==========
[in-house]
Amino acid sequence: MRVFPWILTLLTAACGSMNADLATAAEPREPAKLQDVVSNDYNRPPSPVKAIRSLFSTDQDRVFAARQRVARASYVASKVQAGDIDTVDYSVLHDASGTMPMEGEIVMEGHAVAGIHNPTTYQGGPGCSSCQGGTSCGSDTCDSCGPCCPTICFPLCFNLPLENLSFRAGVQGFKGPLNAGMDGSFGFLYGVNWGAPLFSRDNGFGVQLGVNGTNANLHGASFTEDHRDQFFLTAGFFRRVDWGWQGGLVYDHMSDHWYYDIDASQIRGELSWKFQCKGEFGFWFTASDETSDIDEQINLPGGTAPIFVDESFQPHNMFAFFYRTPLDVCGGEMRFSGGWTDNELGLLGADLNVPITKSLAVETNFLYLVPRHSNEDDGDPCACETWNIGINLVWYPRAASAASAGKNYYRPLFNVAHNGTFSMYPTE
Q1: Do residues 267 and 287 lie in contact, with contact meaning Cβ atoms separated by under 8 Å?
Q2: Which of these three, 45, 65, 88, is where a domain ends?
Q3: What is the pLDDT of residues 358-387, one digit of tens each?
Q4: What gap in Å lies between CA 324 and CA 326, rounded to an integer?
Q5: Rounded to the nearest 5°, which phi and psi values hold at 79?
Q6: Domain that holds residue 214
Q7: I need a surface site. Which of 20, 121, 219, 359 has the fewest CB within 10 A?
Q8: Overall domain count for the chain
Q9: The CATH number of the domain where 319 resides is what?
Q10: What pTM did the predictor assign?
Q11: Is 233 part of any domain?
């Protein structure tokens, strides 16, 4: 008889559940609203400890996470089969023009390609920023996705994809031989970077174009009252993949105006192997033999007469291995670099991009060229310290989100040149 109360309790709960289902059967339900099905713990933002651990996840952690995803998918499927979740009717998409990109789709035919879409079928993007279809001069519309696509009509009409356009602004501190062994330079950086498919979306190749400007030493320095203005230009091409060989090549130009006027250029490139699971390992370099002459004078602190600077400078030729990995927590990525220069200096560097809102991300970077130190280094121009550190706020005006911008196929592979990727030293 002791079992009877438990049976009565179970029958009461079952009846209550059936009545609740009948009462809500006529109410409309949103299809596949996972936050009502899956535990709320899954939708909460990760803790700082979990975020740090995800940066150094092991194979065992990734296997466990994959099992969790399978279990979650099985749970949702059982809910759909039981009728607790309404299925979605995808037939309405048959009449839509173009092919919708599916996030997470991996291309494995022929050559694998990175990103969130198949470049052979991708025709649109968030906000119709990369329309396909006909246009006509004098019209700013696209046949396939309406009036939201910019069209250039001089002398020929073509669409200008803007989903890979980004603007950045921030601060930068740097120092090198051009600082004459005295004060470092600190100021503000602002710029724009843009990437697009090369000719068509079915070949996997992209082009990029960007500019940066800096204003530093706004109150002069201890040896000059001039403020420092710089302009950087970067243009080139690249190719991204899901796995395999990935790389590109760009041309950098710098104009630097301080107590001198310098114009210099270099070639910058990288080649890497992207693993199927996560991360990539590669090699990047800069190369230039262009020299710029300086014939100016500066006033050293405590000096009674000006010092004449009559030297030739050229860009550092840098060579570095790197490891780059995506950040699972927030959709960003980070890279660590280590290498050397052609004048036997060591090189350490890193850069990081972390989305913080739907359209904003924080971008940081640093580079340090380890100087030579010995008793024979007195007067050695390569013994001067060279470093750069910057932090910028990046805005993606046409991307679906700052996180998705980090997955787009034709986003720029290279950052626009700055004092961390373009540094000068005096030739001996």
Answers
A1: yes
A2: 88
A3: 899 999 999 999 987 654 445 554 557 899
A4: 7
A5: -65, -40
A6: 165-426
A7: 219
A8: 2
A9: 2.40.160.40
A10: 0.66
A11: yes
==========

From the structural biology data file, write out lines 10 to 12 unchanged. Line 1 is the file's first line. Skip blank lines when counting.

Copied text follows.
Q8: Overall domain count for the chain
Q9: The CATH number of the domain where 319 resides is what?
Q10: What pTM did the predictor assign?